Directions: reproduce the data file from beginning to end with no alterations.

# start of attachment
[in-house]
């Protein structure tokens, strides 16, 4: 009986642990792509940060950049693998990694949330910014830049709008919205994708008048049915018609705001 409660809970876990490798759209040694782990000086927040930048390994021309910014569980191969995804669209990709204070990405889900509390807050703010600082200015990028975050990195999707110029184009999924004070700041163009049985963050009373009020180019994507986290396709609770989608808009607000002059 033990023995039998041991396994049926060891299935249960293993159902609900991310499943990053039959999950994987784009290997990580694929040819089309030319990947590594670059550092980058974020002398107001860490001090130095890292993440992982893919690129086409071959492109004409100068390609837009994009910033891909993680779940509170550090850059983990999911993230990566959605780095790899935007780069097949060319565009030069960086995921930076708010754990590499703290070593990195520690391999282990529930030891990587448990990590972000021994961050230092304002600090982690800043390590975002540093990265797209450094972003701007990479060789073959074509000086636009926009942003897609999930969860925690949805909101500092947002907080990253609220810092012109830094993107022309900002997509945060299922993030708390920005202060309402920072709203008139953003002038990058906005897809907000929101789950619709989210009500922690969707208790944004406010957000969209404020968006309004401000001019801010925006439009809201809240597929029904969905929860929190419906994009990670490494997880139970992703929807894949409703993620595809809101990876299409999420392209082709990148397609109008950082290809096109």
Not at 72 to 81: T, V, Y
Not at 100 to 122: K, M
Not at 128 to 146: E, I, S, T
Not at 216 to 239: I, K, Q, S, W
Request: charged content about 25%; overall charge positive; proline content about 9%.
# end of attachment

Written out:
[in-house]
């Protein structure tokens, strides 16, 4: 009986642990792509940060950049693998990694949330910014830049709008919205994708008048049915018609705001 409660809970876990490798759209040694782990000086927040930048390994021309910014569980191969995804669209990709204070990405889900509390807050703010600082200015990028975050990195999707110029184009999924004070700041163009049985963050009373009020180019994507986290396709609770989608808009607000002059 033990023995039998041991396994049926060891299935249960293993159902609900991310499943990053039959999950994987784009290997990580694929040819089309030319990947590594670059550092980058974020002398107001860490001090130095890292993440992982893919690129086409071959492109004409100068390609837009994009910033891909993680779940509170550090850059983990999911993230990566959605780095790899935007780069097949060319565009030069960086995921930076708010754990590499703290070593990195520690391999282990529930030891990587448990990590972000021994961050230092304002600090982690800043390590975002540093990265797209450094972003701007990479060789073959074509000086636009926009942003897609999930969860925690949805909101500092947002907080990253609220810092012109830094993107022309900002997509945060299922993030708390920005202060309402920072709203008139953003002038990058906005897809907000929101789950619709989210009500922690969707208790944004406010957000969209404020968006309004401000001019801010925006439009809201809240597929029904969905929860929190419906994009990670490494997880139970992703929807894949409703993620595809809101990876299409999420392209082709990148397609109008950082290809096109």
Not at 72 to 81: T, V, Y
Not at 100 to 122: K, M
Not at 128 to 146: E, I, S, T
Not at 216 to 239: I, K, Q, S, W
Request: charged content about 25%; overall charge positive; proline content about 9%.